Some sun creams don't deliver on protection, warns watchdog
Published 16/05/2015 | 02:30
Two leading sun creams on sale in Ireland fail to deliver the sun protection claimed, according to tests carried out by consumer watchdog Which?
Boots Soltan Protect & Moisturise Lotion SPF30 (200ml) and Hawaiian Tropic Silk Hydration Lotion SPF30 (180ml) only delivered two-thirds of the claimed protection against UVB radiation, said Which?
The UK consumer group tested 13 sun creams, from popular brands including Nivea, Piz Buin and supermarket ownbrand labels.
The two named products from Boots and Hawaiian Tropic failed the tests twice, so Which? named them "Don't Buys".
"Consumers must be able to trust and rely on the information provided by manufacturers, so it's disappointing to see well-known brands falling short," said Which? executive director Richard Lloyd.
Boots Ireland stood by the sun protection claim on its Soltan product, which remains on sale.
"At Boots, customer safety is paramount and we rigorously and independently test our products to ensure the appropriate level of safety and efficacy in compliance with EU Regulations," it said.
"We are confident that all of our sun care products, including Boots Soltan Protect & Moisturise Lotion SPF30, meet the SPF labelling claim and customers can rely on them to provide the level of protection expected."
Hawaiian Tropic said on its website that its own tests indicated that its Silk Hydration Lotion SPF 30 exceeded the label claim, even after 80 minutes in water and it had also earned the Skin Cancer Foundation's seal of recommendation for daily use.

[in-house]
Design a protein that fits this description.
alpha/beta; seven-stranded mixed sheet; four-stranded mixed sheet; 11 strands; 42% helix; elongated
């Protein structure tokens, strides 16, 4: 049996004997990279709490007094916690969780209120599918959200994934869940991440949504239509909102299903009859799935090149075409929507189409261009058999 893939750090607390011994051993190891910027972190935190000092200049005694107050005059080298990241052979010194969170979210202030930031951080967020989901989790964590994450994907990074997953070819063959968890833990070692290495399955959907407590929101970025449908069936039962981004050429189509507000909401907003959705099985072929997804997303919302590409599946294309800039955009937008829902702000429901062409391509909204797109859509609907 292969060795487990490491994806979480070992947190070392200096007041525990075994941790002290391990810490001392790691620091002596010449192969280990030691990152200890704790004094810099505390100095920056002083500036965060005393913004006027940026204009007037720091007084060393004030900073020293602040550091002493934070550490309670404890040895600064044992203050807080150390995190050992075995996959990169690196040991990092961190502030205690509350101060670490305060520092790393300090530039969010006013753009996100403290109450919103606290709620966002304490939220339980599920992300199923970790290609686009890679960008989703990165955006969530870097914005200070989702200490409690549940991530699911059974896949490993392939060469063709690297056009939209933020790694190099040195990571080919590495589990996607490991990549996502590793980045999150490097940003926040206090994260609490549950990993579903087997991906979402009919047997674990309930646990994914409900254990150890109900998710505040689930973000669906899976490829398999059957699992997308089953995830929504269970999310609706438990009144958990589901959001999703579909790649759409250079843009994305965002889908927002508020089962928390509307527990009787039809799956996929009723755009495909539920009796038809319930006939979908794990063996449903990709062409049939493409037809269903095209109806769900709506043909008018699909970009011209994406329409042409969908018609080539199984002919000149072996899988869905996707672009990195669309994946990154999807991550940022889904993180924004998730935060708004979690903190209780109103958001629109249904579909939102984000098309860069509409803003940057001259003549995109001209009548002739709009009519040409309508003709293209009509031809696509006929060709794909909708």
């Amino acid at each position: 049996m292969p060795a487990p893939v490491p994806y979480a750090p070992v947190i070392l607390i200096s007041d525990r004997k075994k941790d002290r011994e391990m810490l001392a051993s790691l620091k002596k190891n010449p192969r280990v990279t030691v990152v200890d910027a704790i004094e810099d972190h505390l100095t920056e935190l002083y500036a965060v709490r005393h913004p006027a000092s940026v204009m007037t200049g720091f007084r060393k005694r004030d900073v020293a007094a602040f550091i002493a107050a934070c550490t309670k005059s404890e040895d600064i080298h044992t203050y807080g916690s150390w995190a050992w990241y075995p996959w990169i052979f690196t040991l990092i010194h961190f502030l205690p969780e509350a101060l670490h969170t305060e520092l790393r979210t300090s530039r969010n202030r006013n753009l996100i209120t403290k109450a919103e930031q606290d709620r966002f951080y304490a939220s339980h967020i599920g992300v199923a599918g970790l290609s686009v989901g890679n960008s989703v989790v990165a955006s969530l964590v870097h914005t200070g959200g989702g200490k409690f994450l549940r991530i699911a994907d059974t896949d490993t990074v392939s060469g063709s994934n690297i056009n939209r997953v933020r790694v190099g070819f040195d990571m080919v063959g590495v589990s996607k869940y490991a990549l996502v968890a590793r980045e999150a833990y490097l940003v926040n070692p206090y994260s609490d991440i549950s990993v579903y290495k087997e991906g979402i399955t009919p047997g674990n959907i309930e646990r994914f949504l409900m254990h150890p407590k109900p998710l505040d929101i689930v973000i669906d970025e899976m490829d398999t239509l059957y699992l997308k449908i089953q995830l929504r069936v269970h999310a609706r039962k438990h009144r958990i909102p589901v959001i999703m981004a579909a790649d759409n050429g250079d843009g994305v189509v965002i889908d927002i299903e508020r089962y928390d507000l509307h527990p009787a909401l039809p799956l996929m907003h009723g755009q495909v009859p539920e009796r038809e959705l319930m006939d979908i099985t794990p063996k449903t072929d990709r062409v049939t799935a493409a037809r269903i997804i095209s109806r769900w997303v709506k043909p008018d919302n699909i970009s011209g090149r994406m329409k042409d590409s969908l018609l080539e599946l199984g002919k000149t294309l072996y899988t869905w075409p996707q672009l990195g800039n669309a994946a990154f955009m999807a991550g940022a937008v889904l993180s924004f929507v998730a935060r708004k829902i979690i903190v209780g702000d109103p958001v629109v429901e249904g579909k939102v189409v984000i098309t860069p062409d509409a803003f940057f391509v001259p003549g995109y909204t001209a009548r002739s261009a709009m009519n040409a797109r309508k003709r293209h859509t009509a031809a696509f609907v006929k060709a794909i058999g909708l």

It also posted a statement from the Cosmetic, Toiletry & Perfumery Association which said it was "extremely disappointed" with the Which? view, as the manufacturers had supplied robust data supporting their SPF30 claims, while the Which? claim was based on just one or two test results.
Rosemary Scott of the Irish Cancer Society said it was "worrying" if some sun creams did not offer the protection claimed, as skin cancer is the most common form of cancer in Ireland.
"Sun cream is currently regulated as a cosmetic product in Europe and it might be that it needs to looked at if it should be regulated as a pharmaceutical product, as is the case in some other jurisdictions such as Australia," she said.